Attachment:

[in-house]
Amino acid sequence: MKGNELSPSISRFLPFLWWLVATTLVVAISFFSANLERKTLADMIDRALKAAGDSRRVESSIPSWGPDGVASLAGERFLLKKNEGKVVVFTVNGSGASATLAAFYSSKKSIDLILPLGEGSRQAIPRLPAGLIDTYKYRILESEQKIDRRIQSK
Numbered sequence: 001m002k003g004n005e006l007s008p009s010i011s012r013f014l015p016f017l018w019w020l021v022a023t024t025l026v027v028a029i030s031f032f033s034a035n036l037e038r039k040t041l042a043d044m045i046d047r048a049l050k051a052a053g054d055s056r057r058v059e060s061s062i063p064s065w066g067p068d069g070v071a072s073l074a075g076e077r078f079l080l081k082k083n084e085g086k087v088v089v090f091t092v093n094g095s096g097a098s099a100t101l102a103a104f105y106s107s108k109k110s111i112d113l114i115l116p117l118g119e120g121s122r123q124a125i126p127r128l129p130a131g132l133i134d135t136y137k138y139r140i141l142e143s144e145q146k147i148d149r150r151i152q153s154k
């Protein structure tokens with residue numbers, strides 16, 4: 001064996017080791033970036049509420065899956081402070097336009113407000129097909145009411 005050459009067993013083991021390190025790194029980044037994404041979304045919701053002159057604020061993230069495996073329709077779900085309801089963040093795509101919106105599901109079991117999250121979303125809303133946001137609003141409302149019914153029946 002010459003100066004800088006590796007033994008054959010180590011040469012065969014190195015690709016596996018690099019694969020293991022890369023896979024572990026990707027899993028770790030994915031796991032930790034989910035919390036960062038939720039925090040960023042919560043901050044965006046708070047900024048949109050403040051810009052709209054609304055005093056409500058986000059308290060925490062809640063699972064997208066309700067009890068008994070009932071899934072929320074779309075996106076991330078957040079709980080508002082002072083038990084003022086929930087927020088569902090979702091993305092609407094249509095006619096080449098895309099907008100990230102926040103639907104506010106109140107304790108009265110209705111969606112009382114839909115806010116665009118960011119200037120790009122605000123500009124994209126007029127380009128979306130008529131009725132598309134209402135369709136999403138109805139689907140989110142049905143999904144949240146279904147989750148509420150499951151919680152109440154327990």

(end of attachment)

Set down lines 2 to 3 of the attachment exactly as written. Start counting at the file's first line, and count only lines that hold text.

Amino acid sequence: MKGNELSPSISRFLPFLWWLVATTLVVAISFFSANLERKTLADMIDRALKAAGDSRRVESSIPSWGPDGVASLAGERFLLKKNEGKVVVFTVNGSGASATLAAFYSSKKSIDLILPLGEGSRQAIPRLPAGLIDTYKYRILESEQKIDRRIQSK
Numbered sequence: 001m002k003g004n005e006l007s008p009s010i011s012r013f014l015p016f017l018w019w020l021v022a023t024t025l026v027v028a029i030s031f032f033s034a035n036l037e038r039k040t041l042a043d044m045i046d047r048a049l050k051a052a053g054d055s056r057r058v059e060s061s062i063p064s065w066g067p068d069g070v071a072s073l074a075g076e077r078f079l080l081k082k083n084e085g086k087v088v089v090f091t092v093n094g095s096g097a098s099a100t101l102a103a104f105y106s107s108k109k110s111i112d113l114i115l116p117l118g119e120g121s122r123q124a125i126p127r128l129p130a131g132l133i134d135t136y137k138y139r140i141l142e143s144e145q146k147i148d149r150r151i152q153s154k